SQL (2.0ms)  INSERT INTO "line_items" ("order_id", "price", "product_id", "quantity", "variant_id") VALUES ($1, $2, $3, $4, $5) RETURNING "id"  [["order_id", 1], ["price", 10.0], ["product_id", 1423], ["quantity", 5], ["variant_id", "1423_101_10"]]
Order Load (1.0ms)  SELECT "orders".* FROM "orders" WHERE "orders"."id" = $1 ORDER BY "orders"."id" ASC LIMIT 1  [["id", 1]]
Product Load (2.0ms)  SELECT "products".* FROM "products" WHERE "products"."product_id" = $1 AND (season = 'AW14') ORDER BY "products"."id" ASC LIMIT 1  [["product_id", 2396]]
SQL (1.0ms)  INSERT INTO "line_items" ("order_id", "price", "product_id", "quantity", "variant_id") VALUES ($1, $2, $3, $4, $5) RETURNING "id"  [["order_id", 1], ["price", 15.0], ["product_id", 2396], ["quantity", 3], ["variant_id", "2396_101_10"]]

Answers


If you want to speed up the create action, you have several options:

  • removing the database intensive callbacks
  • speeding up the callbacks through caching
  • delay creation to be executed through background tasks

Depending on your application needs, those might be viable options in the order of impact into your code-base and infrastructure. This totally depends on what you have already setup, so it might be the other way around.

By removing the callback (set_price) that creates the 1+n problem in your create code, you will have to create some lookup method that fetches all the prices at once and applies them to the order.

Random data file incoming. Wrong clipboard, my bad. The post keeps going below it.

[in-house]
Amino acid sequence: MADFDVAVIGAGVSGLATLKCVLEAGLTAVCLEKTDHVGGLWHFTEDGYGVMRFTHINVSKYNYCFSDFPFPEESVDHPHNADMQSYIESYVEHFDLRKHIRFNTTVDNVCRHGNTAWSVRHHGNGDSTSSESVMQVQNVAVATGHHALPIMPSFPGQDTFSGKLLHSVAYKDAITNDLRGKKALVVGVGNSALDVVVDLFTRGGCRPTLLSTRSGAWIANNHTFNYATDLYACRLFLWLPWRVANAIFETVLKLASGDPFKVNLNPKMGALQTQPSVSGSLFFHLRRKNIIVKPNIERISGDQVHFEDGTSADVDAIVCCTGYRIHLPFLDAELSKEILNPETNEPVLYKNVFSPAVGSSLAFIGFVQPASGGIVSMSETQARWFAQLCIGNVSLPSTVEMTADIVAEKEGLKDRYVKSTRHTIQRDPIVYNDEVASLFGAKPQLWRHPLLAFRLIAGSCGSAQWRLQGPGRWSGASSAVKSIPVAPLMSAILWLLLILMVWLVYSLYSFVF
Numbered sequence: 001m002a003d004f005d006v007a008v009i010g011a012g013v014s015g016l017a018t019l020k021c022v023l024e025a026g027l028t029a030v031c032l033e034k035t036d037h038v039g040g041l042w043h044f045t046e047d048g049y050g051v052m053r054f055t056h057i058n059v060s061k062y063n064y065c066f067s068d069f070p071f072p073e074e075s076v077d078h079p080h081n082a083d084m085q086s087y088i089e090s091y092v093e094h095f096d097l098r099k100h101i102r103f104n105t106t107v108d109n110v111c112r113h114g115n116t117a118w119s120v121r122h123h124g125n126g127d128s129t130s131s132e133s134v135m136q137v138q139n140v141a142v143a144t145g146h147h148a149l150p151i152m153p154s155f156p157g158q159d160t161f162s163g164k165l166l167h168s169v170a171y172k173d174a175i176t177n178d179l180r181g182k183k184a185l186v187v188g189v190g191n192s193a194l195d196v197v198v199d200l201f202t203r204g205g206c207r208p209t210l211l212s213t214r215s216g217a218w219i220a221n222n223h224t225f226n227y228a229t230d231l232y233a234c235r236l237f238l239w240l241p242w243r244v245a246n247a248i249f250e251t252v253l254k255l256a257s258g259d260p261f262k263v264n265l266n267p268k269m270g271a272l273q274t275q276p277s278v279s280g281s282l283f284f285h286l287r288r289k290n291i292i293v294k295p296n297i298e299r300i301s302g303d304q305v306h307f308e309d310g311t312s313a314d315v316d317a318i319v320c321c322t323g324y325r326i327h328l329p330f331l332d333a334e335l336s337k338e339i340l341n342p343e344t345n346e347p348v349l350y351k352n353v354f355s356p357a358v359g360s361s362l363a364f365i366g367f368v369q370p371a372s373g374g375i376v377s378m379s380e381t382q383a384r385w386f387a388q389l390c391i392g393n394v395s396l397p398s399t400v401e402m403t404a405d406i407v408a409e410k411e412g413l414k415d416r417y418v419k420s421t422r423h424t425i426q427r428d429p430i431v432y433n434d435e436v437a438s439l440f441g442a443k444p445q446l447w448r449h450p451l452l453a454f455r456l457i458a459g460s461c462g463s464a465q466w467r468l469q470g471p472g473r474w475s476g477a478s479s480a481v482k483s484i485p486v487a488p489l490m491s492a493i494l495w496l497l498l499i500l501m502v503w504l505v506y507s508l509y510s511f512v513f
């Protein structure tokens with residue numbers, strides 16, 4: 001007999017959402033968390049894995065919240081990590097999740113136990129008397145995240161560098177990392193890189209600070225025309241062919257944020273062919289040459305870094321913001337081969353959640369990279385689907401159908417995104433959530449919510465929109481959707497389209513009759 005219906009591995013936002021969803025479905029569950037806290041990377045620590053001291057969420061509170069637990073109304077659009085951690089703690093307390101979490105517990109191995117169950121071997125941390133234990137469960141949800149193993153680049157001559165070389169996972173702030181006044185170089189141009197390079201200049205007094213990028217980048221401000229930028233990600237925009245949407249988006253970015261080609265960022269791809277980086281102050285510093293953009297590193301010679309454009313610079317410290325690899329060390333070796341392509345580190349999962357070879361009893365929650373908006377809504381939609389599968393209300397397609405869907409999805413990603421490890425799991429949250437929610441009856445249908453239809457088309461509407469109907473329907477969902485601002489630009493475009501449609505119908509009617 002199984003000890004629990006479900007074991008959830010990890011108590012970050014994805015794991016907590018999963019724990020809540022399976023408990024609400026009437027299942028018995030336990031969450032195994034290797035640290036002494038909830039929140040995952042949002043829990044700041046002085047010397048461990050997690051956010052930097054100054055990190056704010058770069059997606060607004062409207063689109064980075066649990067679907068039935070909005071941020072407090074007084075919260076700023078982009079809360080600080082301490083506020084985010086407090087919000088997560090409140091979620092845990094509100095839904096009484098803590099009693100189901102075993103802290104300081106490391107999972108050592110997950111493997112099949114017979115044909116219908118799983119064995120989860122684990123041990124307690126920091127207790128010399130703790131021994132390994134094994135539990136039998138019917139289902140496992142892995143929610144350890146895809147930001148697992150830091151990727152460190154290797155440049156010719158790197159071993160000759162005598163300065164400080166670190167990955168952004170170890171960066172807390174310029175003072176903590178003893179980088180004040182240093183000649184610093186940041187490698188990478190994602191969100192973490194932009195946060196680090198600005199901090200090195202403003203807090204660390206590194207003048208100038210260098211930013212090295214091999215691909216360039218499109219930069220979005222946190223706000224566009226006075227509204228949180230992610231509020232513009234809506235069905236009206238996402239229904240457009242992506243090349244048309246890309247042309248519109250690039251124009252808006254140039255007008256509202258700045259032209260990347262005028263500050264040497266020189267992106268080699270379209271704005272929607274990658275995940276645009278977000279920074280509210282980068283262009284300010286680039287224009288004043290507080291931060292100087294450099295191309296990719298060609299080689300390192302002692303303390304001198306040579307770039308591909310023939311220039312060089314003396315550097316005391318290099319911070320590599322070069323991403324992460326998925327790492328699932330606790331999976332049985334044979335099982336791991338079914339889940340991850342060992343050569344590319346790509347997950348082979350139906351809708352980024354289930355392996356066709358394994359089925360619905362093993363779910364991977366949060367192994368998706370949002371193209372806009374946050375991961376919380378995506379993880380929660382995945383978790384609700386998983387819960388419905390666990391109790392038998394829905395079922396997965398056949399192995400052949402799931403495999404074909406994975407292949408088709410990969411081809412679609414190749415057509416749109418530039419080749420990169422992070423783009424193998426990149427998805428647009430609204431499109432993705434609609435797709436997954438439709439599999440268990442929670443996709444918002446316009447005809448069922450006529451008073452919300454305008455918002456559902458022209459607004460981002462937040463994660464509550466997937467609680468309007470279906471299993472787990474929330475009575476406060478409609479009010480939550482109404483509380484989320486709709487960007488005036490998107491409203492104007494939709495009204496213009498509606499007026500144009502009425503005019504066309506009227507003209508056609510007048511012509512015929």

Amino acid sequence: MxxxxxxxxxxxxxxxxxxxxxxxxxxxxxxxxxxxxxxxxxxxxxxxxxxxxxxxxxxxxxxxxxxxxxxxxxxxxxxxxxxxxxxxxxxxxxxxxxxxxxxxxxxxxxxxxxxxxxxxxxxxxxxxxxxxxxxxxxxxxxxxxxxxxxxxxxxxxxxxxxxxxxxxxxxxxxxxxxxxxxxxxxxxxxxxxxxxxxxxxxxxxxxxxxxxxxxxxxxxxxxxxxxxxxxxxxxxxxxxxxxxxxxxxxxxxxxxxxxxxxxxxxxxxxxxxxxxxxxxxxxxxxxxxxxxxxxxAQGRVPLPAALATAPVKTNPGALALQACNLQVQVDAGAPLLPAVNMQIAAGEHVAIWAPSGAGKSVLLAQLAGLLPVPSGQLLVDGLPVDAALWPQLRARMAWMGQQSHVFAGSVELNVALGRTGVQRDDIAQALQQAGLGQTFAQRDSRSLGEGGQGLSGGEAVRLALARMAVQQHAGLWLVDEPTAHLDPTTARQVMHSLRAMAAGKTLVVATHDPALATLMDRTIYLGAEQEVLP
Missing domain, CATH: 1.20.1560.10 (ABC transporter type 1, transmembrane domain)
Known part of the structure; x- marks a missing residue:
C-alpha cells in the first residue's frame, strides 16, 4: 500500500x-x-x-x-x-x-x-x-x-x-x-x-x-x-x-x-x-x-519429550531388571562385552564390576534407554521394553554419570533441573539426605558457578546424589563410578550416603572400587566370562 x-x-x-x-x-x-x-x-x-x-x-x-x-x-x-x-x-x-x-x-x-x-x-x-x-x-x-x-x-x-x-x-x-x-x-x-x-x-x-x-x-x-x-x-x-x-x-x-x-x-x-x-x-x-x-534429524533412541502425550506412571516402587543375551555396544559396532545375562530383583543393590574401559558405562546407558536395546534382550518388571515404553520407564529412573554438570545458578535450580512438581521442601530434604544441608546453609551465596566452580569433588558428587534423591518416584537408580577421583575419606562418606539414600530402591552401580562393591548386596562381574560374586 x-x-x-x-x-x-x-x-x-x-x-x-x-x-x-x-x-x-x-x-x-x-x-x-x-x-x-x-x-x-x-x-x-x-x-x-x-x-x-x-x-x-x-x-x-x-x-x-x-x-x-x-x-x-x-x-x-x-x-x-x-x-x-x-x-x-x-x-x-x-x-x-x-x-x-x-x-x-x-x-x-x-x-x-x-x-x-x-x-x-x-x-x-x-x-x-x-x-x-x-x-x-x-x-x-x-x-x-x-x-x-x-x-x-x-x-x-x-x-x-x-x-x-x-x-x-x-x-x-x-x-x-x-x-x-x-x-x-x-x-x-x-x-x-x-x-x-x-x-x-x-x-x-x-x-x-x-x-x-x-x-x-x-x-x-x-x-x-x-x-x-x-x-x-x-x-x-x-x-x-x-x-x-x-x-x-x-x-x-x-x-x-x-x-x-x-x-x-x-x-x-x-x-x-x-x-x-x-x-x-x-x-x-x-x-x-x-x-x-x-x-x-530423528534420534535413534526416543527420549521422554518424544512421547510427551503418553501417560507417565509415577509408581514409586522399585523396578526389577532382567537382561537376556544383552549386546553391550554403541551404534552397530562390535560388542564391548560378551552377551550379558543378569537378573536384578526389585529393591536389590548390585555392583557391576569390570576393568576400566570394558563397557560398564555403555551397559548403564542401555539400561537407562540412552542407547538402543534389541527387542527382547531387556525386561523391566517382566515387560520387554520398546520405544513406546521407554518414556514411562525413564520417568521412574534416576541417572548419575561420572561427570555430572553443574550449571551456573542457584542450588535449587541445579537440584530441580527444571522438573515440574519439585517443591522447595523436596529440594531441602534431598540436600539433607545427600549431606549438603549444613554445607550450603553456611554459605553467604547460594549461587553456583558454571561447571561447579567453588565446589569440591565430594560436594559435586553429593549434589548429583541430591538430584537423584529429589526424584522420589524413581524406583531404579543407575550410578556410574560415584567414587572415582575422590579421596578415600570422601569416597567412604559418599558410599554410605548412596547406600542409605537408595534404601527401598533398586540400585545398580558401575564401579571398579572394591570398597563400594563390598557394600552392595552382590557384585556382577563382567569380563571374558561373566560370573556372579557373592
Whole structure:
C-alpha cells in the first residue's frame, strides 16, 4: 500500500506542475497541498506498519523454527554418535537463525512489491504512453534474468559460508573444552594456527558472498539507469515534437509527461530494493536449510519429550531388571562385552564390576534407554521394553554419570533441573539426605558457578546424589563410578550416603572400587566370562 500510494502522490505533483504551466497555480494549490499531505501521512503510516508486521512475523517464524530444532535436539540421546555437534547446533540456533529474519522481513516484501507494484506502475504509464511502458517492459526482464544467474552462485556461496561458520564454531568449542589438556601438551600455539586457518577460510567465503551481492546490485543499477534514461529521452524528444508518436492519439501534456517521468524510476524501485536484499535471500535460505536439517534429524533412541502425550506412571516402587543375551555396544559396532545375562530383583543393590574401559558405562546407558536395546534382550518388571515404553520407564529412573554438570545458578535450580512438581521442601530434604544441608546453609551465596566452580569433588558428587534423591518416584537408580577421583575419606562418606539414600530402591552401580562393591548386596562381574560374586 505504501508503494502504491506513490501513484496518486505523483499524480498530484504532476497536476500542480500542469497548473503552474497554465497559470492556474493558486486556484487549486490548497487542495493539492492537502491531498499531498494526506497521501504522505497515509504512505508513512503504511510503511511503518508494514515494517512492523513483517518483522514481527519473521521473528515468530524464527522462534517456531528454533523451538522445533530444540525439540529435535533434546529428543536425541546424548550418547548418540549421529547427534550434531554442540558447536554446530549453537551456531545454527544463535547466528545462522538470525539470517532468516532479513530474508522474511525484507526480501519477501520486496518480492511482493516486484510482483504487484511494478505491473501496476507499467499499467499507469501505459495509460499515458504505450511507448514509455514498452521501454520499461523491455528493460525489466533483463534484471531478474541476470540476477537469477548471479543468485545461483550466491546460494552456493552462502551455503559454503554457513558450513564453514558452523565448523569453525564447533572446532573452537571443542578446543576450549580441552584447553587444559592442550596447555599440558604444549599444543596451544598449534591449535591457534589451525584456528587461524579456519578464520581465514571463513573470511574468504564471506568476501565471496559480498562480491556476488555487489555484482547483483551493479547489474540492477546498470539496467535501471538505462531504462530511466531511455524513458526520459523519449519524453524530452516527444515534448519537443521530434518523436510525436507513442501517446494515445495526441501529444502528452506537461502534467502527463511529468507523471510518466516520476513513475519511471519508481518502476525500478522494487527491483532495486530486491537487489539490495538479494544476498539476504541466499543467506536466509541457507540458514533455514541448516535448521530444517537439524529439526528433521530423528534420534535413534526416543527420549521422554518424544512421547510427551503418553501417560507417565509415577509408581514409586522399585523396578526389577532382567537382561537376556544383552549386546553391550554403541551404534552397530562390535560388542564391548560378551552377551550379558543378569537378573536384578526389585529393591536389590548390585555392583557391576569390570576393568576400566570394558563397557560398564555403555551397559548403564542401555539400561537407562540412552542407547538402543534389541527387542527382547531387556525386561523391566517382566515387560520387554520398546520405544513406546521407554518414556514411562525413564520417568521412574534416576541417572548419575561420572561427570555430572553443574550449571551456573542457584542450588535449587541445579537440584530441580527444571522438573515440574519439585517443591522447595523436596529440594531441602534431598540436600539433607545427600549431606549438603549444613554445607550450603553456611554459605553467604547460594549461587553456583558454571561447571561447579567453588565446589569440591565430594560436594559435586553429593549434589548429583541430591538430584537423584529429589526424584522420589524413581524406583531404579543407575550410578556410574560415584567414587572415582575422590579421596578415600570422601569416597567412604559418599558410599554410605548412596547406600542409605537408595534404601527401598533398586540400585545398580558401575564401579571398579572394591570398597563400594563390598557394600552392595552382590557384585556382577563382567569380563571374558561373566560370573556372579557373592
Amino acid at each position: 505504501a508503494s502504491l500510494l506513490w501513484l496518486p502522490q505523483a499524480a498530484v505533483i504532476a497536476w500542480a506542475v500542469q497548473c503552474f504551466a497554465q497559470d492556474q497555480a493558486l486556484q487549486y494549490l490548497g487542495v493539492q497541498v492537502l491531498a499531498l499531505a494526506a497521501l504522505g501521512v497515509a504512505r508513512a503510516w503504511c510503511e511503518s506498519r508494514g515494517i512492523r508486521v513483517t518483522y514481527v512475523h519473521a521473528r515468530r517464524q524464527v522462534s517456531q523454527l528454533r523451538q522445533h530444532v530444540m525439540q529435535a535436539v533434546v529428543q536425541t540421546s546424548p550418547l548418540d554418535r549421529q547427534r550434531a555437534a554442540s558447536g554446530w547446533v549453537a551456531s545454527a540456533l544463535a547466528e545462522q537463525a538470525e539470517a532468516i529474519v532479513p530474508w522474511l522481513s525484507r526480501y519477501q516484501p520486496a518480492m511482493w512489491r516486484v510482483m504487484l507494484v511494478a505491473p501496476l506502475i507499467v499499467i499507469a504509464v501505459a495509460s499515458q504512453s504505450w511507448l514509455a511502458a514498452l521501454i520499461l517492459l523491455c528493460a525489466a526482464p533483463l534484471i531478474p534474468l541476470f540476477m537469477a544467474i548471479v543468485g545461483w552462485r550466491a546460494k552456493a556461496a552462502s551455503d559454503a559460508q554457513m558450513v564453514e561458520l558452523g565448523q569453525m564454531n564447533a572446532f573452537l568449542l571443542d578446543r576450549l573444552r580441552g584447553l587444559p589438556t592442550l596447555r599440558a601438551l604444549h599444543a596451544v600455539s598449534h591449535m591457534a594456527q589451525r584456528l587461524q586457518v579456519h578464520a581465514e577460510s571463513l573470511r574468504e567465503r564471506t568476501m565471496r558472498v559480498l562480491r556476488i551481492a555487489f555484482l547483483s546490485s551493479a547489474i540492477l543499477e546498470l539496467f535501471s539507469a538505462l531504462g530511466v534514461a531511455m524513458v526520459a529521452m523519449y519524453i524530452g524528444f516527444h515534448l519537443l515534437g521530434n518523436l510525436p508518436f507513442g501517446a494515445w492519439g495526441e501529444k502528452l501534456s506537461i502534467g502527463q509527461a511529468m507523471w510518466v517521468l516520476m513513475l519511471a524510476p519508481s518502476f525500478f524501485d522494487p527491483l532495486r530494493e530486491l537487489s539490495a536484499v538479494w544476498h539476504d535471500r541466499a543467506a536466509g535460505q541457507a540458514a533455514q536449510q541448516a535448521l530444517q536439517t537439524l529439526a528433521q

Caching could go into the set_price method, so that the lookup is only done once. You will have to take care of cache-expiry when the price changes, which might be none-trivial.

Using a background-job like resque or sidekiq can take the order and do all the processing without the response timing out. You will have to do an asynchronous check for the order to be processed to make it visible in the frontend.


In the end it just took a bit of a workflow change to speed up the Order creation.

Instead of calling set_price on the before_create method, it's done in the OrderController via the Order model. So now my code looks like:

Order Model:

class Order < ActiveRecord::Base
has_many :line_items, :dependent => :destroy  

def set_prices
  self.line_items.each do |item|
    item.set_price
  end
end 

LineItem model:

class LineItem < ActiveRecord::Base
belongs_to :order
belongs_to :product, :primary_key => "product_id", :conditions => proc { "season = '#{order.season}'" }

def set_price
  self.price = Product.where(:product_id => product_id, :season =>  season).first.prices[currency]
end  

OrdersController:

class OrdersController < ApplicationController

def create
  @order = Order.new(order_params)
  authorize! :create, @order
  @order.set_prices

  if @order.save
    render_order_json
  end
end

def order_params
  permitted = params.permit(:customer_id, :line_items => line_item_params)
  permitted[:line_items_attributes] = permitted.delete("line_items") if        permitted["line_items"]
  permitted
end

def line_item_params
   [:product_id, :variant_id, :quantity]
end

This question was also related and also sped things up. Stop child models updating when parent is updated